Bug Off!! Choose The Best Bug Repellent For Your Kids


The American Academy of Pediatrics says that bug repellent containing deet is considered to be safe for children as young as 2 months.

Insect repellents with deet come in varying strengths — some contain up to 30-percent deet. A higher concentration of deet doesn’t mean a product is stronger, only that it lasts longer.

Although deet is safe for use on children, many parents prefer to use bug repellents that are deet-free. Natural repellents are made with plant oils such as citronella, lemongrass, peppermint, and cedarwood. They generally need to be reapplied more often than products containing deet.

Using bug repellent is one way to prevent itchy bug bites, but there are several other ways to avoid pesky bugs. Have your kids wear loose-fitting, long-sleeve clothing in muted colors. Wear socks and shoes instead of sandals. Stay inside early in the morning and at dusk when bugs are the worst. Don’t use scented lotions that can attract bugs.


Lotions that combine bug repellent and sunscreen might sound like a good idea, but they aren’t. The reason is that sunscreen needs to be reapplied every few hours, but you shouldn’t expose your children to that much bug repellent. Take the time to apply each product separately unless you know you will only be outside for a few hours.

Once you’ve chosen a bug repellent, it’s important that you use it properly. Apply product only to exposed skin. Avoid hands, eyes, cuts, or irritations. You might want to put it on your hands first, then rub it on your child so you don’t use too much. Wash the repellent off when your child is done being outside.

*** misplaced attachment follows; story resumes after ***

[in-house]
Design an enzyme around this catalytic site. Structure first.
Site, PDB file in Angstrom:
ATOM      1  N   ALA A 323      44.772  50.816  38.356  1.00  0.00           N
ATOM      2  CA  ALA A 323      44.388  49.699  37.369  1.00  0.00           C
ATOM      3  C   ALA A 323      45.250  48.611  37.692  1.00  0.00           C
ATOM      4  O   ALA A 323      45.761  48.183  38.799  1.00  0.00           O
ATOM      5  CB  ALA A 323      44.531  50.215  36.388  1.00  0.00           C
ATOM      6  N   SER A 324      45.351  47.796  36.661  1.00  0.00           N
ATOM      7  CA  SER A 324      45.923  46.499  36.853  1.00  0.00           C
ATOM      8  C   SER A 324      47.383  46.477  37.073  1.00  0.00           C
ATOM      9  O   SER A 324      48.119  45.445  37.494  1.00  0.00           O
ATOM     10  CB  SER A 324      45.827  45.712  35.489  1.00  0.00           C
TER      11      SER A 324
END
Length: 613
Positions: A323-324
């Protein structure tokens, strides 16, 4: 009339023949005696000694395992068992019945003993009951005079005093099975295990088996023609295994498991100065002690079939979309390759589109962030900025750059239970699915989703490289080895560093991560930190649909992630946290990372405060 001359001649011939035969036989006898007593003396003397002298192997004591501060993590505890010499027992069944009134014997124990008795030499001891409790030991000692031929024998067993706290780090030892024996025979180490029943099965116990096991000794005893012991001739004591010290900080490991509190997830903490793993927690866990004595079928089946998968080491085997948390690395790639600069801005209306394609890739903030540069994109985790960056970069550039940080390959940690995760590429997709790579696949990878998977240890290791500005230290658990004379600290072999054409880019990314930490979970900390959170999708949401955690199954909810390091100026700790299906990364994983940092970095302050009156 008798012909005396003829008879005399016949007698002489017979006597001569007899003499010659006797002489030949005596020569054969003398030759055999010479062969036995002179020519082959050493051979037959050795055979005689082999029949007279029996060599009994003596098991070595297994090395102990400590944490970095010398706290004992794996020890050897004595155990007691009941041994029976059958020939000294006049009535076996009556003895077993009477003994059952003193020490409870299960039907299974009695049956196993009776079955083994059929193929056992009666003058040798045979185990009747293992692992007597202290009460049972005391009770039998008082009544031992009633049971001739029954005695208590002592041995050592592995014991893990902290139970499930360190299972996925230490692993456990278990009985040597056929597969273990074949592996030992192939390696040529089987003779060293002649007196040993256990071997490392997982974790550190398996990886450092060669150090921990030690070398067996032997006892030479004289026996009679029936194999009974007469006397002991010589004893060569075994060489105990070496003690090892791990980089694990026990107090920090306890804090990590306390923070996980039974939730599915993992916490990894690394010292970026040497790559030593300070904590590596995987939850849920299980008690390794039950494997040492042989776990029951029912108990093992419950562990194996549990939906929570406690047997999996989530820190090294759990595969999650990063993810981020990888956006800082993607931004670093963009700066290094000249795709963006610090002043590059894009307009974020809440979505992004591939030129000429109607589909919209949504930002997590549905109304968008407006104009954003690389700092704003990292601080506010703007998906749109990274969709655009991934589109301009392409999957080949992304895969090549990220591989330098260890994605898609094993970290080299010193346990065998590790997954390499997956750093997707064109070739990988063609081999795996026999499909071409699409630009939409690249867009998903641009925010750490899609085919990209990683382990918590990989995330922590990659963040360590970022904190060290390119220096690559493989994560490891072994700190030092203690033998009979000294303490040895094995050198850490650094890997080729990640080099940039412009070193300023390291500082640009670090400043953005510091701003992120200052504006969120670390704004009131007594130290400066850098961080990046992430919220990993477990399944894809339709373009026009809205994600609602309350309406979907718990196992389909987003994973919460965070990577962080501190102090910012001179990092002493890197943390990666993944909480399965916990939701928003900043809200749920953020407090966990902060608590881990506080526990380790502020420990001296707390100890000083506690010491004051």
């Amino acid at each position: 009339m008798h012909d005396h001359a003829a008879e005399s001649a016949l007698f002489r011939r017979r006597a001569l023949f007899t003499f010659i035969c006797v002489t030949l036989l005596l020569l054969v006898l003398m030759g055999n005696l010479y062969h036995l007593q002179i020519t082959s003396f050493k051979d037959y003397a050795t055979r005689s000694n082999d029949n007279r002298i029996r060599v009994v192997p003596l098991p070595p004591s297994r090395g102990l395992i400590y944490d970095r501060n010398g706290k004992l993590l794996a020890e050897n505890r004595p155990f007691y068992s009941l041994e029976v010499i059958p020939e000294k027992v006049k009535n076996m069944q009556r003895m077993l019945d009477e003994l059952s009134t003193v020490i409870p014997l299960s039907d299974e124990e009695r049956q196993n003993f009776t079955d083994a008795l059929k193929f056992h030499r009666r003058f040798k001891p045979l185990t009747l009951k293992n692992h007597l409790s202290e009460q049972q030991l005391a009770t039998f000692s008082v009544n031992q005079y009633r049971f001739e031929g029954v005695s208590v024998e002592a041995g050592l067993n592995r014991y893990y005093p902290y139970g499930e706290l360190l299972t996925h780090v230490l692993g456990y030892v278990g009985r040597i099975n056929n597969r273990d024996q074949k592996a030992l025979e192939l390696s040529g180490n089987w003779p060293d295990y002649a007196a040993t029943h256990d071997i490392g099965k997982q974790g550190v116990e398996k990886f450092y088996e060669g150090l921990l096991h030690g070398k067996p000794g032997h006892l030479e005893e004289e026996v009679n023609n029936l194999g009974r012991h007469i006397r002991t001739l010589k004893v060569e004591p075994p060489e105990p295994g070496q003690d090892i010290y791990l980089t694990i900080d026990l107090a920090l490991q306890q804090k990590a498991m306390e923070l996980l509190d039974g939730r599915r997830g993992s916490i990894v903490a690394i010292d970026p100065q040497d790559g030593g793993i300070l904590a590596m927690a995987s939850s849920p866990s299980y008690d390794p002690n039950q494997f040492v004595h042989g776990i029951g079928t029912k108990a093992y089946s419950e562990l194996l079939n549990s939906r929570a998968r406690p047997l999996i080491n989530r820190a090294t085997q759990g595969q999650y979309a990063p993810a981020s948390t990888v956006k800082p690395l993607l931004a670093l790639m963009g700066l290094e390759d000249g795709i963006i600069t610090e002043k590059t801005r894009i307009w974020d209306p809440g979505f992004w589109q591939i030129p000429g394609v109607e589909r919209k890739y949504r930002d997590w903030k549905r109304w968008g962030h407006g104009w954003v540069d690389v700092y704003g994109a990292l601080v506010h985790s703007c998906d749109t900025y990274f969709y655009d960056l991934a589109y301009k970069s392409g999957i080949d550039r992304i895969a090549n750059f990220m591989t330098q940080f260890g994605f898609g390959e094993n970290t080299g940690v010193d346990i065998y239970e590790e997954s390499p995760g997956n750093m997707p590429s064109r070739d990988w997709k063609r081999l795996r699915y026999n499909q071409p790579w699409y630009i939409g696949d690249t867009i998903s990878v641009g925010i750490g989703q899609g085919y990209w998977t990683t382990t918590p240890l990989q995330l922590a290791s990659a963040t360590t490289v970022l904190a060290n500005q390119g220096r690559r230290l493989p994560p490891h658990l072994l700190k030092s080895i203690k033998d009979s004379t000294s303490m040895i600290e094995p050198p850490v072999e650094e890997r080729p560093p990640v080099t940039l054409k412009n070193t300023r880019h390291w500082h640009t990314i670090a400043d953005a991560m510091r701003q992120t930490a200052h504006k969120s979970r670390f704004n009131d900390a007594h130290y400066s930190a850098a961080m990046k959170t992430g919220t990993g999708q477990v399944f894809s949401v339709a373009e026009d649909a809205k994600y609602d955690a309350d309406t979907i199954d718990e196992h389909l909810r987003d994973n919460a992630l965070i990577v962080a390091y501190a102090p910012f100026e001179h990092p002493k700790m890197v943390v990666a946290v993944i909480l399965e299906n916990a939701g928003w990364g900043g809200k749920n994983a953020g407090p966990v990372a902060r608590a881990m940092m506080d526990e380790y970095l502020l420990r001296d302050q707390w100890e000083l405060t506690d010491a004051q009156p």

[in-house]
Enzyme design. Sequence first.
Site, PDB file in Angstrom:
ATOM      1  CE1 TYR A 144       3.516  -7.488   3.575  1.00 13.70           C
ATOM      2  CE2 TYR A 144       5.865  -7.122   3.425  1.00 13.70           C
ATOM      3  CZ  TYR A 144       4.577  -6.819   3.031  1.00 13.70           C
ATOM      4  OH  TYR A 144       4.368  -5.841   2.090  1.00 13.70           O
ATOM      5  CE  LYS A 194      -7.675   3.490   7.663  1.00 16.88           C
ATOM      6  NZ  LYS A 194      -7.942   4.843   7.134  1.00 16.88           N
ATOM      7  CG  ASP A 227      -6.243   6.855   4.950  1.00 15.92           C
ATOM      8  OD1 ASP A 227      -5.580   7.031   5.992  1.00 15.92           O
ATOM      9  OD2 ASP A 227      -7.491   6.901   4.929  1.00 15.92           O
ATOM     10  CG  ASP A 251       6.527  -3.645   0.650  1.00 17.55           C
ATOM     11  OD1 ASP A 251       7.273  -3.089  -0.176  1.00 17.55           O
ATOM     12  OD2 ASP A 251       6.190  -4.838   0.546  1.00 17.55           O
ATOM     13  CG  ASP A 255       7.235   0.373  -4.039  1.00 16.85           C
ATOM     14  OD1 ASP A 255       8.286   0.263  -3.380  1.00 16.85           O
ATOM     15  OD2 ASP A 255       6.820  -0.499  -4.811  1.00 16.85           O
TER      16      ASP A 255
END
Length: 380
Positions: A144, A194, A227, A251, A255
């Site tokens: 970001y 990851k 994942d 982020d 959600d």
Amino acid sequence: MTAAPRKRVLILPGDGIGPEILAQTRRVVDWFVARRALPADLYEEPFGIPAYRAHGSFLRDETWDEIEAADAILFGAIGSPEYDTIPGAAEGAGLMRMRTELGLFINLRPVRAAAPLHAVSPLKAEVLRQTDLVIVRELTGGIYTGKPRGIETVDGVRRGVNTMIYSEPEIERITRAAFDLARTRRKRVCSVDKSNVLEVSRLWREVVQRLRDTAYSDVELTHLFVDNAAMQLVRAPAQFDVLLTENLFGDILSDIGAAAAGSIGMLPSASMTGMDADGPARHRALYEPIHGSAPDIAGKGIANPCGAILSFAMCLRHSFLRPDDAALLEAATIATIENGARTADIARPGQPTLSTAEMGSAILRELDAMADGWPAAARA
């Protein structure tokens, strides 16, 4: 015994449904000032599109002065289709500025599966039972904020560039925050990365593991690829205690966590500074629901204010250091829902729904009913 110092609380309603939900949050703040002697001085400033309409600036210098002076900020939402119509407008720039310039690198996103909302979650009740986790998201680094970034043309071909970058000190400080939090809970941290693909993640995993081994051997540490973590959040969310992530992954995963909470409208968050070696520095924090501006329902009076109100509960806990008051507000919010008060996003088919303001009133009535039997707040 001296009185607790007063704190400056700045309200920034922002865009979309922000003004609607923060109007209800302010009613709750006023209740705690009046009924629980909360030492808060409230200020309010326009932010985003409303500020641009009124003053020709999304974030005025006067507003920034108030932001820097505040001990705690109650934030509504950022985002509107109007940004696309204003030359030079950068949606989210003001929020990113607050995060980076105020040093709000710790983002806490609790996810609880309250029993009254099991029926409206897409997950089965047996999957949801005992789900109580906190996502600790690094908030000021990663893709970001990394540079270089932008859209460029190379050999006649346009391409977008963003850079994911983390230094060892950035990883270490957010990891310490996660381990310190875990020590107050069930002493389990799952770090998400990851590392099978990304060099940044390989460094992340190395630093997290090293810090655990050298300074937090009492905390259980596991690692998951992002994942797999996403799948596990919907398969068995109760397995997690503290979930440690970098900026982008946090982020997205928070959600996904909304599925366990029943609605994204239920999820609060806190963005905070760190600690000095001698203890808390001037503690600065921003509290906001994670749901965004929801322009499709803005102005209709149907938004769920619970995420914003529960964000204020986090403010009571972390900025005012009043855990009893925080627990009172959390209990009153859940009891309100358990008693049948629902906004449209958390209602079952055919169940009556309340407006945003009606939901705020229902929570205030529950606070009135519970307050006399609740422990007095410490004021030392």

Don’t let bugs stop you from being outside this summer. Here are some things to remember when applying bug repellent:

  • Always follow the instructions for application of bug repellent.
  • Most repellents do not protect against stinging bugs such as wasps, bees, or fire ants.
  • Kids shouldn’t apply bug repellent themselves. Suggested to put on your hands first instead of spraying directly on your child.
  • Wash your hands after application.
  • Don’t spray repellent inside or near food.

About the Author

Becca Greenwald 

Health-conscientious (and tired) mama to two adorable little boys, writing from my own experiences. @beccababybrody

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